Salem Witch Trials Essay

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Salem Witch Trials One infamous part of American history, was the Salem witch trials of the year 1692. This led to the results of the execution of a group of young girls in Salem, Massachusetts (“The Salem Witchcraft Trials of 1692”). During this time fourteen women and a total of five men ended up being accused of being involve with witchcraft and possessed by the devil (“Salem Witch Trials - Facts & Summary”). Not only did the fourteen women and five men put to death, but one eight other people die in prison waiting got trial (“The Salem Witchcraft Trials of 1692”). In the amount of men and women being accused, one child and one baby were in prison as well waiting to be proven they were witches (“Salem Witch Trials - Facts & Summary”). This…show more content…
Samuel Parris decided on calling a local physician, Parris called William Griggs, who walked into the girls acting like wild animals and uncontrolled violence acts (“Salem Witch Trials - Facts & Summary”). Williams Griggs, who was an experienced doctor was puzzled by what he saw and could not come up with a medical condition, which would explain the both Elizabeth Perris and Abigail Williams’s condition. Since there was no medical explanation Williams Griggs suggested that what both of the girls had was being done by an evil force (“Salem Witch Trials - Facts & Summary”). This led to Samuel Perris to go and talked to other ministers and see what they recommended, the other local ministers recommended that Samuel waited to see how the girls reacted and if their condition got worst (“The Salem Witchcraft Trials of 1692”). Since Salem Village was a small town the story of Elizabeth Perris and Abigail Williams started to spread around the town, later that day there was reports of other girls having the same behavior (“The Salem Witchcraft Trials of 1692”). Since the town people were starting to be afraid they were…show more content…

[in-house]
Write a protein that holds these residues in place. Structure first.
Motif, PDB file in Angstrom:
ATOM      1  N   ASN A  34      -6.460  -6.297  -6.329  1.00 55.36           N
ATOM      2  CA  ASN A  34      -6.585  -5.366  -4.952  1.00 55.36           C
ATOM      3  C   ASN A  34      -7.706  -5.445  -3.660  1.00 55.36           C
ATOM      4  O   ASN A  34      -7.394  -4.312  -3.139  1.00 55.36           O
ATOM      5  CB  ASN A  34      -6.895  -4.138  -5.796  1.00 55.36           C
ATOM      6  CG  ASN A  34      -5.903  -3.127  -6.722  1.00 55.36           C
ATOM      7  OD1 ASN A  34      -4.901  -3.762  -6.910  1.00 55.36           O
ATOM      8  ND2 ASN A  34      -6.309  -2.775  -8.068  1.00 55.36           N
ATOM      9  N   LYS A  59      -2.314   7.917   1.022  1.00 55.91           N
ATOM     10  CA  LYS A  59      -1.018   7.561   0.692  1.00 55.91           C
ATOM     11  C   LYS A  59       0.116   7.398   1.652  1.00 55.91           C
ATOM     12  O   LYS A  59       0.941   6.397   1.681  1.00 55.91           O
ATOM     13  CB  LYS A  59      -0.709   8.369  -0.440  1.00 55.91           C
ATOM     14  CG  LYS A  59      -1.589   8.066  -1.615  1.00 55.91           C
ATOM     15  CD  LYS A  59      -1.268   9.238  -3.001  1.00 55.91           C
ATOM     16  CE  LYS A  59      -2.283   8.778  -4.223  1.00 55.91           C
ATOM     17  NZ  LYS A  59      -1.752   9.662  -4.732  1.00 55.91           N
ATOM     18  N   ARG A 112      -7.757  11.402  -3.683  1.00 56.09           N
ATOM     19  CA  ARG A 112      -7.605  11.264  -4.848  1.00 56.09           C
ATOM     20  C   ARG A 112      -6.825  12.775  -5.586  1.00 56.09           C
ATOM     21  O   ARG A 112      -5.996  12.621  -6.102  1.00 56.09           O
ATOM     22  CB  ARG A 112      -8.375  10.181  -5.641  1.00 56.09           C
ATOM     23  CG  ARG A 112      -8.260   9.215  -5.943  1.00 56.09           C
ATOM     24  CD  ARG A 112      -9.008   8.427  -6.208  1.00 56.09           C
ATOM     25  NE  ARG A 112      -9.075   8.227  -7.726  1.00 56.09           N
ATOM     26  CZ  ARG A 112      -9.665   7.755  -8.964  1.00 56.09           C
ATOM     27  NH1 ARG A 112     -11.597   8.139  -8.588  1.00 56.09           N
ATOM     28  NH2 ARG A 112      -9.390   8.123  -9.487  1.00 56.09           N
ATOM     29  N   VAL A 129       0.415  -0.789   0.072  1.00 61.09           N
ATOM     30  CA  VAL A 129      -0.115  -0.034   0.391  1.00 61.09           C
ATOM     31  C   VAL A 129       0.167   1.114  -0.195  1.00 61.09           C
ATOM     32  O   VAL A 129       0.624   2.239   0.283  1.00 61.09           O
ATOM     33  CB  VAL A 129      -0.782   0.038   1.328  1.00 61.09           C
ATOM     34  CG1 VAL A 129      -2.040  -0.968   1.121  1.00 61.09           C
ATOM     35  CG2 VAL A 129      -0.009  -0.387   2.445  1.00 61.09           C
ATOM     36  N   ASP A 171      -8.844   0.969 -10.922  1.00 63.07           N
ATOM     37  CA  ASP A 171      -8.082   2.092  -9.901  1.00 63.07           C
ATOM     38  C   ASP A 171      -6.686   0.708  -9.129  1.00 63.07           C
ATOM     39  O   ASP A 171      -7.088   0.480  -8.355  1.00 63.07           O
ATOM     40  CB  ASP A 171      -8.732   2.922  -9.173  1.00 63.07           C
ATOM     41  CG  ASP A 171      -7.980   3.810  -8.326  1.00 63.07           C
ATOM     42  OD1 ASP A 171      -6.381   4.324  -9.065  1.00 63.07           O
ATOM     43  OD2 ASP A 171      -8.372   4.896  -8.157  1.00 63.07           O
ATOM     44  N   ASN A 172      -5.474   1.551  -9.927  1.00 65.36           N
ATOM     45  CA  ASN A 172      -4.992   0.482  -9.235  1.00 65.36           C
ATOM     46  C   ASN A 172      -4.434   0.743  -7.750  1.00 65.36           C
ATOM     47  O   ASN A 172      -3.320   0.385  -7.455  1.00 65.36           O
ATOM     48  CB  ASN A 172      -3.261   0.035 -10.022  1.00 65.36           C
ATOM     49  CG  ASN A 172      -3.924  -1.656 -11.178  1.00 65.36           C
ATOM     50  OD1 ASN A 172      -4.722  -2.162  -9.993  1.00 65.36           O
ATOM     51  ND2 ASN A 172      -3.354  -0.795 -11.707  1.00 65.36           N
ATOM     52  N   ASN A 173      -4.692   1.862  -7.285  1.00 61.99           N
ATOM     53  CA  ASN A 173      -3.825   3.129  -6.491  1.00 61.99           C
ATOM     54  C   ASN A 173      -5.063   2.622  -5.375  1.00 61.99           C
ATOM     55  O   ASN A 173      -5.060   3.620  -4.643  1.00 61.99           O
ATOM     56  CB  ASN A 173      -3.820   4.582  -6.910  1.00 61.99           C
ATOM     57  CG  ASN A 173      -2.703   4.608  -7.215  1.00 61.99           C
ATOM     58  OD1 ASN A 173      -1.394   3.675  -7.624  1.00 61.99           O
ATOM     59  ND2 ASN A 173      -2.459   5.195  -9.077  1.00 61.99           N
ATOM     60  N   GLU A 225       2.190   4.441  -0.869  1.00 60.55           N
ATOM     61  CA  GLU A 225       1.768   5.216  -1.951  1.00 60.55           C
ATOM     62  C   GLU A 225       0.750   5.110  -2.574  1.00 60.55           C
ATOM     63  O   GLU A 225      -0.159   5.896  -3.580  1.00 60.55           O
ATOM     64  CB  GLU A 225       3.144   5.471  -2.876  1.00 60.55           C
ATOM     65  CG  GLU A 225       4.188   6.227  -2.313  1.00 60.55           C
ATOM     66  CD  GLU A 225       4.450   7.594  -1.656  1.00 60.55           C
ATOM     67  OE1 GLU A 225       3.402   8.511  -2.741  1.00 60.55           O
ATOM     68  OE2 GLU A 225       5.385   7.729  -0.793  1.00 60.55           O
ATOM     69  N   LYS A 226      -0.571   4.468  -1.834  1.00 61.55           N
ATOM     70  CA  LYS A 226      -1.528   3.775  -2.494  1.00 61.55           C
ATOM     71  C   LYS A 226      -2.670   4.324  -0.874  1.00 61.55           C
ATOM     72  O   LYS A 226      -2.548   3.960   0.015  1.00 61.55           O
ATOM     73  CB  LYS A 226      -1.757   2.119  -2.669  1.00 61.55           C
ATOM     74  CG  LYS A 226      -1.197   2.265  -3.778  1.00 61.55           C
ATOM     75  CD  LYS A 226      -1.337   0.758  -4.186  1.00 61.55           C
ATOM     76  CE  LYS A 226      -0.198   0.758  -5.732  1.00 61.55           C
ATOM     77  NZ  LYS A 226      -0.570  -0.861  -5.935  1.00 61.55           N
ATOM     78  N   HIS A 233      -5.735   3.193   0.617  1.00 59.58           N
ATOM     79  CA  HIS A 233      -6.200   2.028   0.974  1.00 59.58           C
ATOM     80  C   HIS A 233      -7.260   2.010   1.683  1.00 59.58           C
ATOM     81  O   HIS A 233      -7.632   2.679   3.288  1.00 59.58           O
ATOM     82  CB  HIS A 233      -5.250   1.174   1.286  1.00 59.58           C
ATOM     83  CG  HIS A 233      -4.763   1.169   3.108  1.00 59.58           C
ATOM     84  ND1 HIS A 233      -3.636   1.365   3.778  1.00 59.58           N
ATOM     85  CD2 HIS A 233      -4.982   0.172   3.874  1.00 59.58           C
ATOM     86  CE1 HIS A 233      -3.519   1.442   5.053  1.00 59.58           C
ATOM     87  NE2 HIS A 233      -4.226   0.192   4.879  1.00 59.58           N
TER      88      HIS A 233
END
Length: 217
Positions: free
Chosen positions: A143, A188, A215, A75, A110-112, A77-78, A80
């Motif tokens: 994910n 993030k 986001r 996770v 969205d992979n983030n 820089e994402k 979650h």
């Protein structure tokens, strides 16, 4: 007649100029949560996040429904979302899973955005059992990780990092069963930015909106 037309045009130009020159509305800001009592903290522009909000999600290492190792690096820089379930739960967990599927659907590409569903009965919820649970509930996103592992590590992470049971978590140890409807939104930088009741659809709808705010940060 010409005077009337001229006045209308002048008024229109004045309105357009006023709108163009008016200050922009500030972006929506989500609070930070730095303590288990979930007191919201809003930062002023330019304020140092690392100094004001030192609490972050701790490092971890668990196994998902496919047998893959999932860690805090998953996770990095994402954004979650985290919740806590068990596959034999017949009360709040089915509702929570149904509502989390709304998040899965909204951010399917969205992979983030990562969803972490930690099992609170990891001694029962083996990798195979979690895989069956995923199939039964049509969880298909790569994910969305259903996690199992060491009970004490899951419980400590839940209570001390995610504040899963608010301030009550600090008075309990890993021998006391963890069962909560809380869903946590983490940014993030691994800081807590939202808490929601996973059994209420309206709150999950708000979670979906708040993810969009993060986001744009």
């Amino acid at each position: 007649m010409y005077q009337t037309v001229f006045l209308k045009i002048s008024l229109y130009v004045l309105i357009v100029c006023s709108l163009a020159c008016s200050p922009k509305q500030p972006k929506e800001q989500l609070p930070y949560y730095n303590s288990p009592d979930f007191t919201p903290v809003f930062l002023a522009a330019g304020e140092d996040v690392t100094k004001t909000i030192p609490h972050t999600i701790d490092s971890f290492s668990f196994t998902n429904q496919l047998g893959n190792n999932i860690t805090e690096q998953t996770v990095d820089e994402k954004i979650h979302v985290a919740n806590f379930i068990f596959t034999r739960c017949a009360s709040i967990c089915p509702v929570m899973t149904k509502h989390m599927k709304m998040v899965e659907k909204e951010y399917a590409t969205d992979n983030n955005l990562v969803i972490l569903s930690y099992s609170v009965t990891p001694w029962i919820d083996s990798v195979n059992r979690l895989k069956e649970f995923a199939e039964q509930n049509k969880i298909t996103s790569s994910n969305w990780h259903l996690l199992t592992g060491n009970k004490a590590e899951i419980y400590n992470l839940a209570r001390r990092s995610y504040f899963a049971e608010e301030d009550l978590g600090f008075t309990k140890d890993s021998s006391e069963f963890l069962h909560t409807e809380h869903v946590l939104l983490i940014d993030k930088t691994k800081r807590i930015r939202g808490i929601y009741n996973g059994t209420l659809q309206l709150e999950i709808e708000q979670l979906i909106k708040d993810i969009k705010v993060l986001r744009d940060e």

Bridget Bishop was not the first one being sentenced to death, Sarah Osborne was but she die of natural cases in jail. Since the trail and the way they were finding this woman guilty was new the Cotton Mather of Boston’s First Church, wrote a letter to the court asking to explain what evidence they required to find anyone guilty of witchcraft (“Salem Witch Trials - Facts & Summary”). The minister wanted the trials to the involvement of things to be left out of the public eye and for the following months no trials were being held. The pause on the cases did not last really long since a court was held on June 29, which was about five women being accused of witchcraft. Four of the women were found guilty right away, but Rebecca Nurse was not, the jury went back to the meeting room and took more time to decide (“Salem Witch Museum”). When the jury return for the second time, they had changed their mind and found Rebecca Nurse guilty of witchcraft. Rebecca Nurse was sentenced to death by hanging and was later hanged on July 19 of 1969 (“Salem Witch

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